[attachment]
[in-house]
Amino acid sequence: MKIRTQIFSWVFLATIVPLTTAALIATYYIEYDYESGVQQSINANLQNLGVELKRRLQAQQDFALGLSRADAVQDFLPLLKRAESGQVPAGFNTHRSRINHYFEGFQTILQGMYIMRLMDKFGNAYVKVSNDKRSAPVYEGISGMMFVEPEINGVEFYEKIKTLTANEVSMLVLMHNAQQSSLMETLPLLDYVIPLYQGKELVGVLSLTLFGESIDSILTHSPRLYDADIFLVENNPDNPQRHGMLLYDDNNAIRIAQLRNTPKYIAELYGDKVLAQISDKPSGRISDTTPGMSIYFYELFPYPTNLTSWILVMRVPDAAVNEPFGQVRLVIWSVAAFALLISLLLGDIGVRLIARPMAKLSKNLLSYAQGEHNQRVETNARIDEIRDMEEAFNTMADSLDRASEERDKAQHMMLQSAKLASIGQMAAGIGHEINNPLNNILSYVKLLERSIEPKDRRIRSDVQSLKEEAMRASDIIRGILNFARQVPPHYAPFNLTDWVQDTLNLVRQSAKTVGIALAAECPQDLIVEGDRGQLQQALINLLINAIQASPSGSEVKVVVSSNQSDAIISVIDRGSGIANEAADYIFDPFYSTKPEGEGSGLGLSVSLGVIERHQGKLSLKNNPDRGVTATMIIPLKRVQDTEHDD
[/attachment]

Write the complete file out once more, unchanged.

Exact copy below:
[in-house]
Amino acid sequence: MKIRTQIFSWVFLATIVPLTTAALIATYYIEYDYESGVQQSINANLQNLGVELKRRLQAQQDFALGLSRADAVQDFLPLLKRAESGQVPAGFNTHRSRINHYFEGFQTILQGMYIMRLMDKFGNAYVKVSNDKRSAPVYEGISGMMFVEPEINGVEFYEKIKTLTANEVSMLVLMHNAQQSSLMETLPLLDYVIPLYQGKELVGVLSLTLFGESIDSILTHSPRLYDADIFLVENNPDNPQRHGMLLYDDNNAIRIAQLRNTPKYIAELYGDKVLAQISDKPSGRISDTTPGMSIYFYELFPYPTNLTSWILVMRVPDAAVNEPFGQVRLVIWSVAAFALLISLLLGDIGVRLIARPMAKLSKNLLSYAQGEHNQRVETNARIDEIRDMEEAFNTMADSLDRASEERDKAQHMMLQSAKLASIGQMAAGIGHEINNPLNNILSYVKLLERSIEPKDRRIRSDVQSLKEEAMRASDIIRGILNFARQVPPHYAPFNLTDWVQDTLNLVRQSAKTVGIALAAECPQDLIVEGDRGQLQQALINLLINAIQASPSGSEVKVVVSSNQSDAIISVIDRGSGIANEAADYIFDPFYSTKPEGEGSGLGLSVSLGVIERHQGKLSLKNNPDRGVTATMIIPLKRVQDTEHDD